Lewis gets some help
By Tina Akouris firstname.lastname@example.org June 19, 2013 6:54PM
Lewis University Police Chief Jim Montanari in his office at the student union. | Tina Akouris~Sun-Times Media
Updated: July 22, 2013 3:56PM
The village of Romeoville is making it easier for Lewis University to forge ahead with plans on expanding its campus police department.
The Romeoville Board of Trustees approved a mutual-aid partnership between the village’s police department and Lewis’ campus police force earlier this month.
The measure allows both entities to help each other in criminal cases or first-responder type situations. The agreement also allows Lewis’ police department to enforce Romeoville village ordinances.
“We can hold a person accountable without getting (Will) county involved,” Lewis police chief Jim Montanari said. “We also may be called to assist the Romeoville police and they may be called to assist us.”
Based on the state’s Private College Campus Police Act, the boards of trustees at private colleges and universities in Illinois can create their own campus police departments. Public schools usually have these departments already in place.
“This statue allows private schools to create a police department,” Montanari said. “That’s the only provision in state law that allows a private entity to create a police department. Even park district police are (part of the government).”
Lewis has had police officers on campus for almost two years. The university hired Montanari in 2011 after he retired from the Naperville Police Department. Montanari spent 30 years at Naperville and retired with the rank of commander.
Then Lewis hired one of its own — alum Mike Zegadlo — as deputy chief of police.
Even with the mutual-aid agreement in place, university officials have a laundry list of improvements that need to be done for the department.
One of the improvements on Lewis’ list is streamlining 911 calls.
If a student at Lewis calls 911 from a land line, the call goes to the Romeoville dispatch center. But if a student calls 911 from a cell phone, the call may go to Romeoville or another dispatch center depending on which cell tower picks up the call.
There are emergency call boxes throughout the campus that students can use and there is a campus emergency number students can call, too.
“Romeoville police and Lockport Township fire will be dispatched right away (after a 911 call),” Montanari said. “We’ll get a follow-up call from dispatch, because we’re not on the same radio network, and then we can head right over there. It’s not 100 percent yet, but we’re trying to make the process more formal.”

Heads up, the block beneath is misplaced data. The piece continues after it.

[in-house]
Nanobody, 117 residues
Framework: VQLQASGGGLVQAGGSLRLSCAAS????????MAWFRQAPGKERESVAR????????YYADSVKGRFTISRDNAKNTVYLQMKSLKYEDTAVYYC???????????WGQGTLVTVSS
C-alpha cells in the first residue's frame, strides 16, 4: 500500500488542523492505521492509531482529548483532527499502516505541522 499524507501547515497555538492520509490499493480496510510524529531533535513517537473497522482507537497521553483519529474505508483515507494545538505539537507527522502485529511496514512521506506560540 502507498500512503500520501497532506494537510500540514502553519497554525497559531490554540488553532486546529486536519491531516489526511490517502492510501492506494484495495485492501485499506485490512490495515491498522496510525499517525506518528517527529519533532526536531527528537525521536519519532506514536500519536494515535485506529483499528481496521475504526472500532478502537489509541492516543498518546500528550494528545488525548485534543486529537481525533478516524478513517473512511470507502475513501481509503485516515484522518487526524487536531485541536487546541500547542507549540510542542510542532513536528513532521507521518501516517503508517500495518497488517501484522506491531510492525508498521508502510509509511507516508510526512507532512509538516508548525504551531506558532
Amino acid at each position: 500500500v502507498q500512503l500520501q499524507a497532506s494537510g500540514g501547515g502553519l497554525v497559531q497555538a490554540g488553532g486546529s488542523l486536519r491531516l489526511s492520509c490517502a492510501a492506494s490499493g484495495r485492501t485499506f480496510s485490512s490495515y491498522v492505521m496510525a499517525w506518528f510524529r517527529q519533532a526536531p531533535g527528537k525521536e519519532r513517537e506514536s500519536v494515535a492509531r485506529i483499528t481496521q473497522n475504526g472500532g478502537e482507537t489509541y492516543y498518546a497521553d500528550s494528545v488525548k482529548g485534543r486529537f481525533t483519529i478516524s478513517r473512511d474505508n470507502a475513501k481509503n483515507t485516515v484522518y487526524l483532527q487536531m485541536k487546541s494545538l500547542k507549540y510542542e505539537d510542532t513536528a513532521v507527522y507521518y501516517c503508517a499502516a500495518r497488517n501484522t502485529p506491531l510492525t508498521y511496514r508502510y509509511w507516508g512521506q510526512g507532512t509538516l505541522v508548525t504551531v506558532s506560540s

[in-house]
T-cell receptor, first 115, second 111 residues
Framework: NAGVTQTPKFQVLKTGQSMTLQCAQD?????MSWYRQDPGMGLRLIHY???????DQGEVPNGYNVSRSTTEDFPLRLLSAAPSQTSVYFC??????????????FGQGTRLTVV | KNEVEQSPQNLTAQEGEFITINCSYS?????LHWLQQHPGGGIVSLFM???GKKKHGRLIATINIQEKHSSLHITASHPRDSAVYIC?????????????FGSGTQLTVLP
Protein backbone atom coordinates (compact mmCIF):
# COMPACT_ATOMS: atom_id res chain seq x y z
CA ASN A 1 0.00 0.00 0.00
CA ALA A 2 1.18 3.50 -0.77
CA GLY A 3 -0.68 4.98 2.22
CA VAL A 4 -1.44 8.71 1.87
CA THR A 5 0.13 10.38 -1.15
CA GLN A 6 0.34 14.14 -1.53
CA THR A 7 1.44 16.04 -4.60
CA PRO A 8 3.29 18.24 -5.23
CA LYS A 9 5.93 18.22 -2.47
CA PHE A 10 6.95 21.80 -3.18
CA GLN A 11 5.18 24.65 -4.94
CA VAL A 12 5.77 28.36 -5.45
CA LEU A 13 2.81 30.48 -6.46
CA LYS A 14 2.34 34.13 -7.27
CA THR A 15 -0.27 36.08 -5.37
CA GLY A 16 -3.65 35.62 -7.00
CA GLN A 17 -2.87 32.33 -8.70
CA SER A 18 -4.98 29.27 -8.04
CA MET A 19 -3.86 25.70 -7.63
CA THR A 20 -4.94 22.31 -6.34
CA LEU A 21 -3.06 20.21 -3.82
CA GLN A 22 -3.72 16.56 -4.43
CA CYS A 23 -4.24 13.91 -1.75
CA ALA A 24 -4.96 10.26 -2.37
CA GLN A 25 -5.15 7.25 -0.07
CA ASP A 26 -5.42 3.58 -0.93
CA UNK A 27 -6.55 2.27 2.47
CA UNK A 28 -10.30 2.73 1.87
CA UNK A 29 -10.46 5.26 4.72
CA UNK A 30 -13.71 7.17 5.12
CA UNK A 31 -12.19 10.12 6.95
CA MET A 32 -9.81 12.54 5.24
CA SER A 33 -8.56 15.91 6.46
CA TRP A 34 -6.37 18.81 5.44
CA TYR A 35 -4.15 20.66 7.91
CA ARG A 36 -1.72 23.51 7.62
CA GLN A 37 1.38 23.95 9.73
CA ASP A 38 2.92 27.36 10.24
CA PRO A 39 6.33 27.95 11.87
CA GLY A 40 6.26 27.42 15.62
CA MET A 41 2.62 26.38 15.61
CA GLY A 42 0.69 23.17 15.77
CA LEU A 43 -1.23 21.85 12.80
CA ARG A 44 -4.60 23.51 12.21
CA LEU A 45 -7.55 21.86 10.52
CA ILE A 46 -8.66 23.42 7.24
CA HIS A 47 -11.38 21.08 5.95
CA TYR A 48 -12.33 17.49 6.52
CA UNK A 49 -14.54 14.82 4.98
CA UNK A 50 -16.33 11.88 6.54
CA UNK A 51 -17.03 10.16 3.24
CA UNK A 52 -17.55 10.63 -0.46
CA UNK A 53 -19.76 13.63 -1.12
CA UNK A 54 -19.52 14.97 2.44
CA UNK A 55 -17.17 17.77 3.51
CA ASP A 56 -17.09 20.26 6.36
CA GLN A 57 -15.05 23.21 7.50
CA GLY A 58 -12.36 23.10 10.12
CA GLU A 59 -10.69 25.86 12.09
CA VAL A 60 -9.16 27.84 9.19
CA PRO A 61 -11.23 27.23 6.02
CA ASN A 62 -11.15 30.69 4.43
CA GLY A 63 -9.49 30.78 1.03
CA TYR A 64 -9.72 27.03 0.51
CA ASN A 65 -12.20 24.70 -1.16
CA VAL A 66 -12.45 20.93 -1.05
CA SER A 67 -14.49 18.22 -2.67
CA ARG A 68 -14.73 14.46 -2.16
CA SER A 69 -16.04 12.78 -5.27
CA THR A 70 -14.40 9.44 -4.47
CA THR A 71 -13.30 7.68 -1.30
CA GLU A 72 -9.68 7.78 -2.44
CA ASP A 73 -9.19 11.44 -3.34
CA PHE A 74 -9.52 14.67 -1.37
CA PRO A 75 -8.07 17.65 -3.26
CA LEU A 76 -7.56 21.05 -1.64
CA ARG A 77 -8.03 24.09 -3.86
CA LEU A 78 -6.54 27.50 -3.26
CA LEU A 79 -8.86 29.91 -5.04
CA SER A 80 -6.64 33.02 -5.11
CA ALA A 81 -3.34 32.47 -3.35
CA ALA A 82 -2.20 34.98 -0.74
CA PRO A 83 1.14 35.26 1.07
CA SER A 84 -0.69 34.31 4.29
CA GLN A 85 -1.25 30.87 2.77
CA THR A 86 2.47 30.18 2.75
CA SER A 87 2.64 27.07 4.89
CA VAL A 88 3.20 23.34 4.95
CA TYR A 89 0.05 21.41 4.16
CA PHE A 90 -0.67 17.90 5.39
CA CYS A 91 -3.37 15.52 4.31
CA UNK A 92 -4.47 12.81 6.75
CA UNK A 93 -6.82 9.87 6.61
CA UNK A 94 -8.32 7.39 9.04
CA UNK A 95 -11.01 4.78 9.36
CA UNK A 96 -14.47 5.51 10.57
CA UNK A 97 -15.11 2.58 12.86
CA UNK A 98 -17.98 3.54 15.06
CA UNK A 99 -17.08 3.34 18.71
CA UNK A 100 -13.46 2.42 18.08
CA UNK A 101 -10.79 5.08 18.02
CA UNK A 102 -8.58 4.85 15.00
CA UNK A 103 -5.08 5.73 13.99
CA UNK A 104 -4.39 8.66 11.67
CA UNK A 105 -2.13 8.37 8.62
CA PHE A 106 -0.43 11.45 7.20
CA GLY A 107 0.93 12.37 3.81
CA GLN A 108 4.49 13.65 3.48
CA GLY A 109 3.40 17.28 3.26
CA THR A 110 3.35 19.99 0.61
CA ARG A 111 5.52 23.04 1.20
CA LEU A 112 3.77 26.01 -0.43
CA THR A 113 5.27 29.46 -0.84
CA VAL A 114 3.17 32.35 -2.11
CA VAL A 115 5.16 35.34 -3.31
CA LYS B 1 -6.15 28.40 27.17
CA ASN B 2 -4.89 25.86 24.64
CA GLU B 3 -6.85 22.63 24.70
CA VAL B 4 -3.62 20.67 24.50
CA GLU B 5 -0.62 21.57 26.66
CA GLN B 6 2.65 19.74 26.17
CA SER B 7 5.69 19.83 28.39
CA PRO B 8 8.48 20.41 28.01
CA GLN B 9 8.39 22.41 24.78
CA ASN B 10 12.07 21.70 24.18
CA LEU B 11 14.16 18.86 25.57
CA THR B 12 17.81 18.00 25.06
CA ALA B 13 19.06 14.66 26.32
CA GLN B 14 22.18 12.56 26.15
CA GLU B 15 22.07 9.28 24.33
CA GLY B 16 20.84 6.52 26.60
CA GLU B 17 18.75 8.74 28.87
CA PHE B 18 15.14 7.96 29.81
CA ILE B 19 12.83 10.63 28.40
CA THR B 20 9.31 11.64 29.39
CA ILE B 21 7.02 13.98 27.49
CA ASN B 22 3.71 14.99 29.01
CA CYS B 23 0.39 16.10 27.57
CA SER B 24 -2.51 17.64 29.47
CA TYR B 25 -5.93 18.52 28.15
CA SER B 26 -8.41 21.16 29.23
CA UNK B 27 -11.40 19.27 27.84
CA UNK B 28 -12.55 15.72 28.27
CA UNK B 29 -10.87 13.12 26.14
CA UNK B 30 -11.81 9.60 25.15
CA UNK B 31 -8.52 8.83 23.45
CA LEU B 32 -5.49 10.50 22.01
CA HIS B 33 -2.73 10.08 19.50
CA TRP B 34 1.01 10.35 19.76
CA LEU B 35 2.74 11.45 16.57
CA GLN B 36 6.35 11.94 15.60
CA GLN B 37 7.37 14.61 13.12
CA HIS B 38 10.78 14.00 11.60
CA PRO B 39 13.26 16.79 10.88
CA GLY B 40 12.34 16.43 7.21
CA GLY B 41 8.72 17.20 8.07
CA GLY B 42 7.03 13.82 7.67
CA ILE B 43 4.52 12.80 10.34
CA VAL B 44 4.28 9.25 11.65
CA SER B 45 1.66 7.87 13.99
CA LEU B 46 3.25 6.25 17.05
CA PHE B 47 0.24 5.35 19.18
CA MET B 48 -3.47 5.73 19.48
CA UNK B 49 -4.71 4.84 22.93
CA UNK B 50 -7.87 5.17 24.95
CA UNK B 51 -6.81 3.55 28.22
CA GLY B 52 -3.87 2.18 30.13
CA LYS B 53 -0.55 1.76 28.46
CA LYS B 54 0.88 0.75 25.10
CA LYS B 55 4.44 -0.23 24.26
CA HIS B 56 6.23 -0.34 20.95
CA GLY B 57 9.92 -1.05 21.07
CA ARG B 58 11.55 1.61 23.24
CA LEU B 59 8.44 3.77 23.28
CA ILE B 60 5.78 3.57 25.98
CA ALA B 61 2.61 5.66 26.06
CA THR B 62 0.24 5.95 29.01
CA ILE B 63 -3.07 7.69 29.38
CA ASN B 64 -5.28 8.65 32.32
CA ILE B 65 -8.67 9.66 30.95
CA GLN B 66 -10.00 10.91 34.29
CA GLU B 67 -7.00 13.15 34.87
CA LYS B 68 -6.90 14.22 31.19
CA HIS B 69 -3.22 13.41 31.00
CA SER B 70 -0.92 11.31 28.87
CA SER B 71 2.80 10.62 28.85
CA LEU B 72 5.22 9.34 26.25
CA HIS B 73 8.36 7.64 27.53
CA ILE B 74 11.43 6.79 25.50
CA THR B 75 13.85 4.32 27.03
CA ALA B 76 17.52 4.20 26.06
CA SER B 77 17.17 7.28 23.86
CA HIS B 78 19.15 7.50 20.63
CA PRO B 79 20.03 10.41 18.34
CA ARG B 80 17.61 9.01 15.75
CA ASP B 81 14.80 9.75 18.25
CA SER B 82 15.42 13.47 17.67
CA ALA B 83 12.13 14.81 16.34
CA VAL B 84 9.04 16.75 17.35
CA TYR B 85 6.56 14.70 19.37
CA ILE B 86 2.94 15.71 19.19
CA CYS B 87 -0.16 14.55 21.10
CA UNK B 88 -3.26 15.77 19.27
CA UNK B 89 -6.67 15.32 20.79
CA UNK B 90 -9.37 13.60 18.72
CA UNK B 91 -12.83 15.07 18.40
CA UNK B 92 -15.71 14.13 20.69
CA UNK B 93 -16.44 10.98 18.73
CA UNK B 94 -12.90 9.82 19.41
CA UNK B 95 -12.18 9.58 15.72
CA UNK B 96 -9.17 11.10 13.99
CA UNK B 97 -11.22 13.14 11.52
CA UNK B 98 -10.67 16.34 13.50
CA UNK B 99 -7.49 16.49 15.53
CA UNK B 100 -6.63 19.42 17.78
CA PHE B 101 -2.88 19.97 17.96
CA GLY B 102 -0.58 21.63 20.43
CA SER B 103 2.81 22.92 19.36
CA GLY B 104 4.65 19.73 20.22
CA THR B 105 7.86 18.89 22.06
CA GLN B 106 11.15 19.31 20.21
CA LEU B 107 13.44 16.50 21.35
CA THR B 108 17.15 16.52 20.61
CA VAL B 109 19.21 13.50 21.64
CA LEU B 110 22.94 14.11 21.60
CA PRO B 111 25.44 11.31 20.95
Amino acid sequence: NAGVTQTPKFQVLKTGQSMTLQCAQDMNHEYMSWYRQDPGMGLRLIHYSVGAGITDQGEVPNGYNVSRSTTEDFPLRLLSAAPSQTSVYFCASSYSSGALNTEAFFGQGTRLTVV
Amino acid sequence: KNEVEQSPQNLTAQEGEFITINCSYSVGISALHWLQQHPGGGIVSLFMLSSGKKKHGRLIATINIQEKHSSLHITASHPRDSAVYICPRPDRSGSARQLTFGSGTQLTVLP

Lewis also does not have a jail on campus. And that’s one thing where Romeoville can help out.
“We can also help with (major crime) investigations, no questions asked,” said Romeoville police chief Mark Turvey. “If they arrest someone for a DUI, we will provide a breathalyzer test for them and go to court if needed. And if they have a combative person they can call us.”
Joseph Falese, Lewis’ senior vice president for student services, said one of the first things the university wants to do sooner rather than later is install more video surveillance cameras on campus, especially in parking lots.
“We also want to add at least one more (community service) officer for this coming school year,” Falese said.
The department is housed in the basement of the Lewis student union. But Montanari is hoping that as the university expands and renovates its buildings, the department will find a new home elsewhere.
Falese said that when the university had a security team two years ago, the university budget for that department was $540,000. But in the latest budget, the university is allocating $900,000 for the police department.
So far the department has at least four squad cars and 10 officers — eight full-time and two part-time. Falese said officers are also encouraged to do bike and foot patrols.
“It’s a way of community-oriented policing,” Falese said.
Turvey said that when Lewis used a security team, his officers would go to campus at least twice a week to assist with random issues. Now, Lewis officers can do those random tasks on their own.
“With them having their own police department, it gives them a lot more flexibility and there’s more that they can do in investigating their own cases,” Turvey said.
Lewis isn’t the only area college with its own police department.
Other area colleges with their own campus police include St. Xavier and Benedictine. Those schools, like Lewis, are private.
And, on a larger scale of private universities, Northwestern has its own campus police department, too.
But the University of St. Francis in Joliet does not have its own police department, and instead relies on campus security officers.
Nancy Pohlman, USF’s executive director of university relations and advancements, said the school also has a close relationship and meets regularly with the Joliet Police Department.
In the public domain, Joliet Junior College has its own police force and also works with the Joliet Police Department in certain situations.